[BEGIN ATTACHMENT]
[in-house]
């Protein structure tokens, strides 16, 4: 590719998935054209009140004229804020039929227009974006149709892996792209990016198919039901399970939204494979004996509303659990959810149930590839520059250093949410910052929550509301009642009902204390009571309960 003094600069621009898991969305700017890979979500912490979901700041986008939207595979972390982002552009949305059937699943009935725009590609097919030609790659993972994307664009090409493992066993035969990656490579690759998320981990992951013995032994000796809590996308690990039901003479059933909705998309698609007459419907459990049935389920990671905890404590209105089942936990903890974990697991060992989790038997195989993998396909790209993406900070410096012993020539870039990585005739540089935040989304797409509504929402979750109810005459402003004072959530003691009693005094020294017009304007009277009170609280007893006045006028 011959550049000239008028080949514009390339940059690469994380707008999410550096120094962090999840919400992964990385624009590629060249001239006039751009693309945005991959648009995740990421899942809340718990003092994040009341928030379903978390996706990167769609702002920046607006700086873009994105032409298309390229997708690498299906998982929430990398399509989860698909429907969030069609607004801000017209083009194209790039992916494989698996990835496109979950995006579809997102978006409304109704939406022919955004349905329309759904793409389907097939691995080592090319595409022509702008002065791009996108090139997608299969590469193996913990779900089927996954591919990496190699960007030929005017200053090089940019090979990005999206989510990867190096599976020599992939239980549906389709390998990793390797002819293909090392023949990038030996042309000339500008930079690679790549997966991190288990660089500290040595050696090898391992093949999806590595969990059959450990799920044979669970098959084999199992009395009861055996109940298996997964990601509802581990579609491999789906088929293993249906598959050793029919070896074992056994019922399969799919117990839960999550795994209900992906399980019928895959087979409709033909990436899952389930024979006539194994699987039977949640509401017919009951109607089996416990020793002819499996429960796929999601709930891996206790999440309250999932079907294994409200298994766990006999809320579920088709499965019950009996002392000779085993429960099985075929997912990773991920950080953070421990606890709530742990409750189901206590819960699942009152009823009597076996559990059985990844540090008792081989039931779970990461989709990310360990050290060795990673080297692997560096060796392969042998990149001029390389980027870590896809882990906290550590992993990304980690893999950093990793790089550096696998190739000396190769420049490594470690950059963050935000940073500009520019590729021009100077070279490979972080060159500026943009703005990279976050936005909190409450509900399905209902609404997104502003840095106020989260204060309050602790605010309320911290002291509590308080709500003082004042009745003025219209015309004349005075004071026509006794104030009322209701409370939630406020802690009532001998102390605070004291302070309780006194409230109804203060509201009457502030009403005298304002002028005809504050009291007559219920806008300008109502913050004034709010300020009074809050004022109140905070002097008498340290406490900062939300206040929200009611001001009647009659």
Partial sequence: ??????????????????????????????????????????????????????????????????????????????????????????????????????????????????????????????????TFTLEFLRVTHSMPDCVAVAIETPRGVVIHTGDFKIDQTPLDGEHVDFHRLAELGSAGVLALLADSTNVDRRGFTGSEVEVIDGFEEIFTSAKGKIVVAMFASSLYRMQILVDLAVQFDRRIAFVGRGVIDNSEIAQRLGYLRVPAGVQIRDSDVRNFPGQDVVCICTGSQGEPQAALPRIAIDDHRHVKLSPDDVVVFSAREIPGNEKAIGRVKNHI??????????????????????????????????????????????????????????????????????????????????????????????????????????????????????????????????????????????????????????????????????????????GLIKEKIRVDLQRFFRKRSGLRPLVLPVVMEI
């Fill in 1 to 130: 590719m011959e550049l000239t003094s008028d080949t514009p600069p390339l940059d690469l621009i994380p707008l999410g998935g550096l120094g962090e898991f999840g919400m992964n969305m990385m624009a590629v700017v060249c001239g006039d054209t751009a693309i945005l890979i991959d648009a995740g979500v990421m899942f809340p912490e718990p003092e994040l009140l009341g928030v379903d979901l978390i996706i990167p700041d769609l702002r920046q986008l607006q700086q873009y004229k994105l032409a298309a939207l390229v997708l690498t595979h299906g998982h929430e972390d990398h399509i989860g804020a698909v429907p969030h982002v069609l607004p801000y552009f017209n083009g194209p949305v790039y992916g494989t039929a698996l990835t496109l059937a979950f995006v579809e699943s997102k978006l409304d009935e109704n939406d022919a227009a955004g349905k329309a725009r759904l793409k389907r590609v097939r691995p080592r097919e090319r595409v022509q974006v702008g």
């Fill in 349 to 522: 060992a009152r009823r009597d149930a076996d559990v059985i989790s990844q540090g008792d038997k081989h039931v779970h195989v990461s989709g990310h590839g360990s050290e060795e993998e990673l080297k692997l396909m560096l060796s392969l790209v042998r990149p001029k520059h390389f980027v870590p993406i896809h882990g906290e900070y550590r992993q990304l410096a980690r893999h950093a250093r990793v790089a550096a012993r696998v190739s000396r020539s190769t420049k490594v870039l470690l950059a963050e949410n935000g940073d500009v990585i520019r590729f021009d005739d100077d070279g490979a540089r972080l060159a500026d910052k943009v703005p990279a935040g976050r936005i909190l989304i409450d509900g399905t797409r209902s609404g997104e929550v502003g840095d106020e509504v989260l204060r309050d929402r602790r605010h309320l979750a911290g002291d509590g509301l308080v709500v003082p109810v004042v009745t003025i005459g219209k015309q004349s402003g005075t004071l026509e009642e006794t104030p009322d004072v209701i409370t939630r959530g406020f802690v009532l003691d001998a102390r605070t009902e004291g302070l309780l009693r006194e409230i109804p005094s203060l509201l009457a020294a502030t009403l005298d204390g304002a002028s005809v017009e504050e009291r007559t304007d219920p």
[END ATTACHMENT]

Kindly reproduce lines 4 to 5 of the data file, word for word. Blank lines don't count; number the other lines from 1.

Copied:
């Fill in 1 to 130: 590719m011959e550049l000239t003094s008028d080949t514009p600069p390339l940059d690469l621009i994380p707008l999410g998935g550096l120094g962090e898991f999840g919400m992964n969305m990385m624009a590629v700017v060249c001239g006039d054209t751009a693309i945005l890979i991959d648009a995740g979500v990421m899942f809340p912490e718990p003092e994040l009140l009341g928030v379903d979901l978390i996706i990167p700041d769609l702002r920046q986008l607006q700086q873009y004229k994105l032409a298309a939207l390229v997708l690498t595979h299906g998982h929430e972390d990398h399509i989860g804020a698909v429907p969030h982002v069609l607004p801000y552009f017209n083009g194209p949305v790039y992916g494989t039929a698996l990835t496109l059937a979950f995006v579809e699943s997102k978006l409304d009935e109704n939406d022919a227009a955004g349905k329309a725009r759904l793409k389907r590609v097939r691995p080592r097919e090319r595409v022509q974006v702008g």
């Fill in 349 to 522: 060992a009152r009823r009597d149930a076996d559990v059985i989790s990844q540090g008792d038997k081989h039931v779970h195989v990461s989709g990310h590839g360990s050290e060795e993998e990673l080297k692997l396909m560096l060796s392969l790209v042998r990149p001029k520059h390389f980027v870590p993406i896809h882990g906290e900070y550590r992993q990304l410096a980690r893999h950093a250093r990793v790089a550096a012993r696998v190739s000396r020539s190769t420049k490594v870039l470690l950059a963050e949410n935000g940073d500009v990585i520019r590729f021009d005739d100077d070279g490979a540089r972080l060159a500026d910052k943009v703005p990279a935040g976050r936005i909190l989304i409450d509900g399905t797409r209902s609404g997104e929550v502003g840095d106020e509504v989260l204060r309050d929402r602790r605010h309320l979750a911290g002291d509590g509301l308080v709500v003082p109810v004042v009745t003025i005459g219209k015309q004349s402003g005075t004071l026509e009642e006794t104030p009322d004072v209701i409370t939630r959530g406020f802690v009532l003691d001998a102390r605070t009902e004291g302070l309780l009693r006194e409230i109804p005094s203060l509201l009457a020294a502030t009403l005298d204390g304002a002028s005809v017009e504050e009291r007559t304007d219920p």